In the next ten years, women’s underwear for women will become the ruler

Ten days ago, Lizzo wore a thong to a basketball match. She was sitting courtside as the Lakers played the Timberwolves and her song”Juice” started to play on the stadium’s sound system. So, as Lizzo does, she acquired out of her seat, turned around, bent over and twerked, revealing a cutout in the back of her t-shirt dress that showed off her panties. The crowd cheered, but if Barstool Sports tweeted a clip of the momentary dance party, it ignited a backlash. 1 person wrote:”Not too many people want to see a fat women [sic] let alone a fat women [sic] at a thong. That’s not body shaming, that’s just math.” A lot more remarks debated the appropriateness of Lizzo’s apparel facing kids, whether it mattered considering that cheerleaders wear next to nothing at sporting events, etc and so forth.
Her response? “Who I am and the character of me and what I choose to do as a grown-ass lady can inspire you to do the same.” This isn’t the first time Lizzo has generated online debate surrounding the body shaming of girls and it surely will not be the final. But in a forward-thinking mild, Lizzo’s thong show, and her sex- and – body-positivity, represents a cultural change which, at the close of the decade, one can only hope will continue to get forward momentum in 2020.
Over the last year, we’ve seen big advances made in the lingerie business–not only in the ways women are buying, but in the types of styles available. There is still quite a ways to go, but many routine minutes have repositioned the underwear conversation. The group was modeled by women of all races, shapes, sizes, and by those with disabilities, too. They both catwalked and crawled and strutted around the stage, reveling in their differences. This is lingerie produced by a woman for women. If it brings the male gaze that is excellent, but it’s not the principal purpose. We also saw the launch of Hustlers, a movie about strippers who form a sisterhood and steal from (rich) men who more or less deserve it.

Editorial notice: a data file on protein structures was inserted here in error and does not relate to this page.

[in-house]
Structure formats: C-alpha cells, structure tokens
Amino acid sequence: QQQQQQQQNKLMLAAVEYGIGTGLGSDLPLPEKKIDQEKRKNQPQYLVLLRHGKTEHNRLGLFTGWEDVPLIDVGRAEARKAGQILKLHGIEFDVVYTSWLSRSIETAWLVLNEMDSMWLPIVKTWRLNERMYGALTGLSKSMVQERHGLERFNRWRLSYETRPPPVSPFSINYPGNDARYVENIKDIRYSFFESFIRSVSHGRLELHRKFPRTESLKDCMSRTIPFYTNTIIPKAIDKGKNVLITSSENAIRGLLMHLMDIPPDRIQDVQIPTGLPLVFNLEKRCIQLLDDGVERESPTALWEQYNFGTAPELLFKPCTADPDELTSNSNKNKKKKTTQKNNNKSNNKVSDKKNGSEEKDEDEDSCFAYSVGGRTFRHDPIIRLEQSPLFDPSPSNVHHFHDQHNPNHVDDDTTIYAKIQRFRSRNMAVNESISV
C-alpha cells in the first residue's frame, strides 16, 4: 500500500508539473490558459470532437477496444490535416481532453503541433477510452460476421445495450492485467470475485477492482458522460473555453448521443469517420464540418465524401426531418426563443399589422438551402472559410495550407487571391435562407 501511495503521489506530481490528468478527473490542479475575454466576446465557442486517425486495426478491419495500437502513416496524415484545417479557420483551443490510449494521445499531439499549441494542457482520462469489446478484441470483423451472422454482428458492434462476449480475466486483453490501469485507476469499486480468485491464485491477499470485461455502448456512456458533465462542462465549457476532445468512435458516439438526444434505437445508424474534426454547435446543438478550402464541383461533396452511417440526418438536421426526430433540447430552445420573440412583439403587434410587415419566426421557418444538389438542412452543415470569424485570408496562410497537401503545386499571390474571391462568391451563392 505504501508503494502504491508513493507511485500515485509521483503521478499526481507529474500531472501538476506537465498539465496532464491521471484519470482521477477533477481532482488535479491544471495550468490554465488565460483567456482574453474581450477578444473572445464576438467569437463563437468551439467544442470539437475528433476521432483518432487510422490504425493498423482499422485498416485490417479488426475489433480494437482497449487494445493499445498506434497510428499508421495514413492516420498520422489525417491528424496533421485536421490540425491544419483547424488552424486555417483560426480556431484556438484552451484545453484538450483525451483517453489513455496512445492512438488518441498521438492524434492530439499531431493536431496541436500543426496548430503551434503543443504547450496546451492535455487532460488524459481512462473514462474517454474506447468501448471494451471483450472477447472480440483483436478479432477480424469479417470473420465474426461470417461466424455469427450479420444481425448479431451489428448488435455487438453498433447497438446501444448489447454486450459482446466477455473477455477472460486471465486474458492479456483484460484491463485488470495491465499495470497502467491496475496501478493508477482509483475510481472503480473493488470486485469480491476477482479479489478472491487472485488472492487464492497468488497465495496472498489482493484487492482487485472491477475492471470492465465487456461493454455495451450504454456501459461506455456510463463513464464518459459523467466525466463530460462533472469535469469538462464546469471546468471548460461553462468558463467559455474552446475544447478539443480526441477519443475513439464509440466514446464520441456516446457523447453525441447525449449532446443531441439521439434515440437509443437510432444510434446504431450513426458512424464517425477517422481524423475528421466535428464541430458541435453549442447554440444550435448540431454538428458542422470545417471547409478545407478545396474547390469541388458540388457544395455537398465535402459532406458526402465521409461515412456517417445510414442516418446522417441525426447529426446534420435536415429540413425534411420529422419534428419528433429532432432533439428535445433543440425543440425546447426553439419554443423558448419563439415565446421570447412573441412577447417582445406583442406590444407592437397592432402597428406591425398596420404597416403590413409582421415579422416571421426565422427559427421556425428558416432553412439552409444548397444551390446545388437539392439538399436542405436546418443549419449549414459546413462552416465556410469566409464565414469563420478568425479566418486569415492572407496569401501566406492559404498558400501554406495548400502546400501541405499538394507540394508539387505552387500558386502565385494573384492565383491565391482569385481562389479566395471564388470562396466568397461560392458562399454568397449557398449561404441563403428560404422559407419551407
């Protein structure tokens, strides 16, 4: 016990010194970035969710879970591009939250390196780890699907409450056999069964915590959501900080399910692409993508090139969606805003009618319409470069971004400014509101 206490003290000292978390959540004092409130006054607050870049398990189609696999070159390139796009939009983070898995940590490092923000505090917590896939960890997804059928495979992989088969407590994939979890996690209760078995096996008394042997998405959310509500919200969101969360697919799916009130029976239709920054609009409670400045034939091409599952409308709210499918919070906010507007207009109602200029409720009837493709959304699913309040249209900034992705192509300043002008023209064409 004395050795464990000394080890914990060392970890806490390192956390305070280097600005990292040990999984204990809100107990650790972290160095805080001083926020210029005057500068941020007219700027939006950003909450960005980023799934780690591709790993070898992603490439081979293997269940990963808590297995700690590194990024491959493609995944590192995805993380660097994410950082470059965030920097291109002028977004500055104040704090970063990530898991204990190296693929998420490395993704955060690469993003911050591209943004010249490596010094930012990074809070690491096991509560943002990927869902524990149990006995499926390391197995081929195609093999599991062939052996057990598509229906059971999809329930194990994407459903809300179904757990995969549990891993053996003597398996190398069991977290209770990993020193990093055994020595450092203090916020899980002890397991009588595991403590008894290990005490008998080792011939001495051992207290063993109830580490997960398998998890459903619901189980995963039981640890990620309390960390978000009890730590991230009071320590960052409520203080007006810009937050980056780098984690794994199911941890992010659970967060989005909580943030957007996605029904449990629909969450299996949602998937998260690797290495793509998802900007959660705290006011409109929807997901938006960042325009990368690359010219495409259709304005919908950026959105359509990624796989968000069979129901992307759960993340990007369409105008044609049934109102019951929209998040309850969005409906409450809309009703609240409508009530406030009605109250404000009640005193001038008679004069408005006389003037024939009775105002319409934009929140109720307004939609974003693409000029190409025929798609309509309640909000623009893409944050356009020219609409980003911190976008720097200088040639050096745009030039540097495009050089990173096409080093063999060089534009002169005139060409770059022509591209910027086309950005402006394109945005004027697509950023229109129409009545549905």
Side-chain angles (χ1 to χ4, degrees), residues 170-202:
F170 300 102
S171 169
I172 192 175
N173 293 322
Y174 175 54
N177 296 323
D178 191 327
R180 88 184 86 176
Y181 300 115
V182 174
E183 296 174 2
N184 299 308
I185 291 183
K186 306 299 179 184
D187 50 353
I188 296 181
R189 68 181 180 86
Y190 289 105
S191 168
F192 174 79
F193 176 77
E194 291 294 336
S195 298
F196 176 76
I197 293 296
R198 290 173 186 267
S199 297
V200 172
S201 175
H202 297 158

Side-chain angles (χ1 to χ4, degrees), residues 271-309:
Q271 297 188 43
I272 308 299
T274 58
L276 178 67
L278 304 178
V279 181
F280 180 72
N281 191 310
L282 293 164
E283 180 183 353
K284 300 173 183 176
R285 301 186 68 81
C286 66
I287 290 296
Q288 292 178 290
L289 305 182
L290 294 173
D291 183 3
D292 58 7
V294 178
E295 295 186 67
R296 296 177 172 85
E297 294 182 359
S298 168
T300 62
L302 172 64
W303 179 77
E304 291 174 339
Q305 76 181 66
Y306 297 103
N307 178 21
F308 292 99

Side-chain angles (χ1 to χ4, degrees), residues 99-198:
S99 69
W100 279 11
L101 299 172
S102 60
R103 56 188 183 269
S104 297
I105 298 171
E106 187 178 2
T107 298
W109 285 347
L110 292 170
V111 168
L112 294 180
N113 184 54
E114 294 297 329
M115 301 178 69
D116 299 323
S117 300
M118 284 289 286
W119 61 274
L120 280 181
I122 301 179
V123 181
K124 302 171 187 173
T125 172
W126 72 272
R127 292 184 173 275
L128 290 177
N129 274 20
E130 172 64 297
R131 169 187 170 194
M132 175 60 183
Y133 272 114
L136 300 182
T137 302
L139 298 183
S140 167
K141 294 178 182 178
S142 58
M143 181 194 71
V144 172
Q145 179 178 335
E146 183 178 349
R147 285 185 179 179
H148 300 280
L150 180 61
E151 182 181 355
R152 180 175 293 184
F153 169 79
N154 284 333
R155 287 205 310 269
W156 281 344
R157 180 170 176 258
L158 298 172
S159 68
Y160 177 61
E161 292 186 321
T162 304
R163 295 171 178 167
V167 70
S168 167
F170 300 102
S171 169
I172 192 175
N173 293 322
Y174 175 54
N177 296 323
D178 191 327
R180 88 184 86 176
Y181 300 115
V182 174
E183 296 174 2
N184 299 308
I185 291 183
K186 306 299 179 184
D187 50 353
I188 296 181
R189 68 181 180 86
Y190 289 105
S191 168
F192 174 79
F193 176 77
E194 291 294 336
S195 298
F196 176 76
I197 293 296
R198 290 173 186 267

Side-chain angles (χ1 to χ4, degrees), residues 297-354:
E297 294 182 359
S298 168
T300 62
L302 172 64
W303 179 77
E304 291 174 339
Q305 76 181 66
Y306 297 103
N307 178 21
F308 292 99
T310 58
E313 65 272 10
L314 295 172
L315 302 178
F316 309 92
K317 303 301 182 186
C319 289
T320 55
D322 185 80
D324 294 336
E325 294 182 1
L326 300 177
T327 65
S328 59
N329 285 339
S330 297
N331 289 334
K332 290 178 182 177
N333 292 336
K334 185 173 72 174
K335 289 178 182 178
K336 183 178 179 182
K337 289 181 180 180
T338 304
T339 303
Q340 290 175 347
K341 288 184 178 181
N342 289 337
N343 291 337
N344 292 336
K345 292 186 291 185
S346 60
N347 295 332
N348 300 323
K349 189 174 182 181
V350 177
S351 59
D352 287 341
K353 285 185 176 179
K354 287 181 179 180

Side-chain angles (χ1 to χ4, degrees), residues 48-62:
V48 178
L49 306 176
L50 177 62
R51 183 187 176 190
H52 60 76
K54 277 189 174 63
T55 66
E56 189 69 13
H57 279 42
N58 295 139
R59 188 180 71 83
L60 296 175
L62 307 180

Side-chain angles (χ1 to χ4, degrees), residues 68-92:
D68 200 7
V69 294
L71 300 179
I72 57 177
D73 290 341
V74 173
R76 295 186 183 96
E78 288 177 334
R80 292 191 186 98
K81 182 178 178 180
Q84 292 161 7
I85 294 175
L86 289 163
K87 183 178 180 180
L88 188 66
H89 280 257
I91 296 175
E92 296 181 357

Most importantly, Victoria’s Secret declared it would cancel its 2019 holiday style show, the one which for two years, millions tuned into and watched as if it were the Super Bowl. Victoria’s Secret parent company L Brands explained that it needed to”evolve the advertising” of the tag, which is no surprise considering how much bad press it received when then-marketing chief Ed Razek told Vogue that trans models did not quite fit in the VS mold. In the meantime, the VS branding and name has been overshadowed by intimates game-changers. In accordance with Lyst, there’s been a 39% rise in searches for”diverse” underwear manufacturers this year, with Savage x Fenty leading the charge. The searches for bodysuits have increased as well, by around 42% year over year. Kim Kardashian West’s brand new shapewear tag Skims will sell out with each drop, while championing diverse sizing and various skin tones along with the idea that Skims is meant to improve, not constrict, the entire body.

women’s underwear


“We really are seeing a great deal of women producing intimates brands for women,” says Shira Wheeler, co-founder of this natural, health-focused women’s underwear startup ODDOBODY. Her business partner Abigail Gerow adds,”maybe this shouldn’t feel radical, but it will to us. It seems like there’s a new focus on shape, color, form, and simplicity. Basically, fewer bells and whistles! Women are looking for functional basics that are also flattering.” That does not mean the brand new lingerie is sexless. Wheeler and Gerow have taken note of this current runway trend, where panties is much more”exoskeleton,” or worn around the outside, while it is a bra top or a slinky lace slip dress. “We think it’s about feeling embodied,” Gerow says. “And with everything that’s occurred since 2016, such as #MeToo and Trump, women feel just like warriors. We are opening around the things which were once taboo: sex, motherhood, coming of age, sexual attack.
Heidi Zak, co-founder and co-CEO of Thirdlove, a leading Victoria’s Secret competitor, agrees. “Over the last year, girls have started buying bras and panties for themselves since they believe they deserve to feel comfy and beautiful,” she says. “For too long women have been told what is sexy by bra and panties companies which portray a single kind of sexy, often from the male standpoint.” Zak considers these empowering attitudes will continue growing. “I don’t think inclusivity is a trend, it’s a movement that’s here to stay.” She adds,”girls are no longer interested in being sold an unrealistic and unattainable body image and are pushing for representation. Women deserve to see themselves represented in the images they see all around them, they deserve to be represented from the brands they support.”
In 2020, let us build women up together with the messaging behind those brands, even if this means they decide to strip themselves bare for all the world to view.

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